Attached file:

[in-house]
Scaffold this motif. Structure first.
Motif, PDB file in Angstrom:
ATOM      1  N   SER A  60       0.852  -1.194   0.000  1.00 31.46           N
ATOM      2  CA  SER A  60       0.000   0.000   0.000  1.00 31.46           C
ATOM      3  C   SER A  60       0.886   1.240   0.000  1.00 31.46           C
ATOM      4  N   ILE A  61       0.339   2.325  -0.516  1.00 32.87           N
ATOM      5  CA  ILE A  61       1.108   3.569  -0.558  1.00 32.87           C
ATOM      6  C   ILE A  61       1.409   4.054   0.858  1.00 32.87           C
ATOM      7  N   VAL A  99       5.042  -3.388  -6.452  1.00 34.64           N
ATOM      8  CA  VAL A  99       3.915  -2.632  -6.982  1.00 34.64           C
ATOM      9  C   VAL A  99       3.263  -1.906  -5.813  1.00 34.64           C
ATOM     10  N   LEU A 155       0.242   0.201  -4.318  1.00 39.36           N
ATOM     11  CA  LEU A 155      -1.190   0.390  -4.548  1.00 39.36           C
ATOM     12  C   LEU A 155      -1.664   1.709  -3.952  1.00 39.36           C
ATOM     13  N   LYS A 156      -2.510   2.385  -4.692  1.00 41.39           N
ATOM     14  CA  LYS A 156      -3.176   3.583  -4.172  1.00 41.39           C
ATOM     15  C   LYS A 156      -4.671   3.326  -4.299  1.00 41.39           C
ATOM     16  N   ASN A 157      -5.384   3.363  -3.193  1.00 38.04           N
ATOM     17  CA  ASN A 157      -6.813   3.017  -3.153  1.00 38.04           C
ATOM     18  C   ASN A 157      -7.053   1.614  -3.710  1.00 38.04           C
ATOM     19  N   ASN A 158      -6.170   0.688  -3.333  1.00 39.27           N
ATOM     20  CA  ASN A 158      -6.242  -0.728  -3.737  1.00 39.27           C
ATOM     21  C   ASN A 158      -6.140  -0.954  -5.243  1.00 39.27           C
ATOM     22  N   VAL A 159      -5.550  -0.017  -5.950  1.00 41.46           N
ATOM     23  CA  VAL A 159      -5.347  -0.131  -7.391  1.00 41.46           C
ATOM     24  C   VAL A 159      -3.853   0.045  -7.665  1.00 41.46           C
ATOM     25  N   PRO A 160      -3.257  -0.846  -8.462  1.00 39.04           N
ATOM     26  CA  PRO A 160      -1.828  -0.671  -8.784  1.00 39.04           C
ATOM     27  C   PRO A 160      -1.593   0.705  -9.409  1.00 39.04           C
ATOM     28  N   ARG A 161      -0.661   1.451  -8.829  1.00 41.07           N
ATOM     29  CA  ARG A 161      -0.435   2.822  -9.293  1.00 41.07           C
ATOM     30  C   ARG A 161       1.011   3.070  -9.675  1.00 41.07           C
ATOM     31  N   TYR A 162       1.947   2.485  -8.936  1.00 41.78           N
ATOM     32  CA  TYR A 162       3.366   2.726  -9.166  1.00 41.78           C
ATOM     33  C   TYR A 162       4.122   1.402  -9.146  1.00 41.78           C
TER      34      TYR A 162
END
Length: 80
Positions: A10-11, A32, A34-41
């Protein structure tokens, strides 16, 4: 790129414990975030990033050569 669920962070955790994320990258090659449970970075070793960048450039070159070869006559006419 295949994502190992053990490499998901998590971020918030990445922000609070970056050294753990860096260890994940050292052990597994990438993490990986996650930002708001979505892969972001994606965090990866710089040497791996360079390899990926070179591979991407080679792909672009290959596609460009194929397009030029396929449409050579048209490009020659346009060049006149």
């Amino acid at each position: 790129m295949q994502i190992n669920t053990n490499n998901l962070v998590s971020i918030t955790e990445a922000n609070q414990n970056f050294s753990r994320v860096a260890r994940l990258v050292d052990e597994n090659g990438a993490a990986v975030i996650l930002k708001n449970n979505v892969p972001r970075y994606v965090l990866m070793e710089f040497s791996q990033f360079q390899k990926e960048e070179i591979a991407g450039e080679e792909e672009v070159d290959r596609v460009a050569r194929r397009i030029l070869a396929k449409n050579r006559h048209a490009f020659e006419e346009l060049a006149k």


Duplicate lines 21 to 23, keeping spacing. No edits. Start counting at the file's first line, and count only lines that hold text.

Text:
ATOM     18  C   ASN A 157      -7.053   1.614  -3.710  1.00 38.04           C
ATOM     19  N   ASN A 158      -6.170   0.688  -3.333  1.00 39.27           N
ATOM     20  CA  ASN A 158      -6.242  -0.728  -3.737  1.00 39.27           C